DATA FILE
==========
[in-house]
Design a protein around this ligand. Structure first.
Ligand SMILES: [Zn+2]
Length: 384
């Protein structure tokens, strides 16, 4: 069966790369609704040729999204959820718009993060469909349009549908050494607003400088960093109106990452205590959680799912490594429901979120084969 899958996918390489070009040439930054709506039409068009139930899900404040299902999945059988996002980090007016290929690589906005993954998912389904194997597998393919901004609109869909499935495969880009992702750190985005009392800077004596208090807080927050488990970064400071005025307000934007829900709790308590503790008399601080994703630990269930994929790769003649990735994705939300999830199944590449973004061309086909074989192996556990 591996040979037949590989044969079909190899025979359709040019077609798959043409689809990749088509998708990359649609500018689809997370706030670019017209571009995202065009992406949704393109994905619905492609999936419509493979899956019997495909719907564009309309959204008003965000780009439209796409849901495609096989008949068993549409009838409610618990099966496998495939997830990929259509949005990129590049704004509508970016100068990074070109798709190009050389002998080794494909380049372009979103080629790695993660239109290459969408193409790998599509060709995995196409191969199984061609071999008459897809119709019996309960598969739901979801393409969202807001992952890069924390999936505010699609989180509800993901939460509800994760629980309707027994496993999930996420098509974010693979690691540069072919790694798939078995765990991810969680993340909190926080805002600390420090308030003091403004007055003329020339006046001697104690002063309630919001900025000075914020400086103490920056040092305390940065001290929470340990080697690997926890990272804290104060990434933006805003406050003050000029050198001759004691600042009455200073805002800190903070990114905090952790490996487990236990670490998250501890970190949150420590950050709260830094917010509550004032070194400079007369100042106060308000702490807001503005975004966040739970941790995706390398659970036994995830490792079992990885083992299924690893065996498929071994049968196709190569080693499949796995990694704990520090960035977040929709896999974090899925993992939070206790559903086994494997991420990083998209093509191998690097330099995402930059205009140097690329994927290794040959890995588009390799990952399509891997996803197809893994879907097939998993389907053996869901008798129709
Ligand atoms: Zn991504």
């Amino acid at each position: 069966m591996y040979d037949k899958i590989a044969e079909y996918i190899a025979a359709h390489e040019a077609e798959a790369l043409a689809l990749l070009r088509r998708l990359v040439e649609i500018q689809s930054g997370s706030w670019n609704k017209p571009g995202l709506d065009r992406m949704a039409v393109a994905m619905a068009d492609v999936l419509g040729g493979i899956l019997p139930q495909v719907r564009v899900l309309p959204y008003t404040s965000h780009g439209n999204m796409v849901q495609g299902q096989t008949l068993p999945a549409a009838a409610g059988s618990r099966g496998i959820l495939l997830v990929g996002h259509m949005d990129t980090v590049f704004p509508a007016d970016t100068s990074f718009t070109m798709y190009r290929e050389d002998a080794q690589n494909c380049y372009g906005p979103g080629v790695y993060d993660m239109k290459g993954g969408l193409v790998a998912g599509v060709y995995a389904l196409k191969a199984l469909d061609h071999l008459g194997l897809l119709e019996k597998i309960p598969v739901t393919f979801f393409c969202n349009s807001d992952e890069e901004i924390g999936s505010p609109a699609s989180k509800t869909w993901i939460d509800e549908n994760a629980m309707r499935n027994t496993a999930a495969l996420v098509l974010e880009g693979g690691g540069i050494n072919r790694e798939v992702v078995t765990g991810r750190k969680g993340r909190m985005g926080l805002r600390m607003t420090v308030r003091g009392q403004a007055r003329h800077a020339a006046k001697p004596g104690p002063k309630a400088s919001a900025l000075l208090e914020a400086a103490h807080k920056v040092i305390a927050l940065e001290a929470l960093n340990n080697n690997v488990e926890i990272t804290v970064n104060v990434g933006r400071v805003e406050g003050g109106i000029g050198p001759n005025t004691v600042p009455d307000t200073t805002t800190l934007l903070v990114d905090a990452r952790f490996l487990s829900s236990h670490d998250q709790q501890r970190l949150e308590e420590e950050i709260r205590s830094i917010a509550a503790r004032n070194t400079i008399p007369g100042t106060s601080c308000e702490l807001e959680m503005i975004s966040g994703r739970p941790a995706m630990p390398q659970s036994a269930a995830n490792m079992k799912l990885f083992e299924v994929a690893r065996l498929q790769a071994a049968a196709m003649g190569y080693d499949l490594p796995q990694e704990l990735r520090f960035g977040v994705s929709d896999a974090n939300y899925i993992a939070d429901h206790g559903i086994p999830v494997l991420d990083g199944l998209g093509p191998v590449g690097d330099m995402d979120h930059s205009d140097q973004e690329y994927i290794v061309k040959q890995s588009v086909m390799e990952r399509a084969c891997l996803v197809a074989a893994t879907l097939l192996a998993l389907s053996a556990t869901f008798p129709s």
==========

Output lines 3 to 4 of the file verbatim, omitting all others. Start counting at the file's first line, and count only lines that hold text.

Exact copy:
Ligand SMILES: [Zn+2]
Length: 384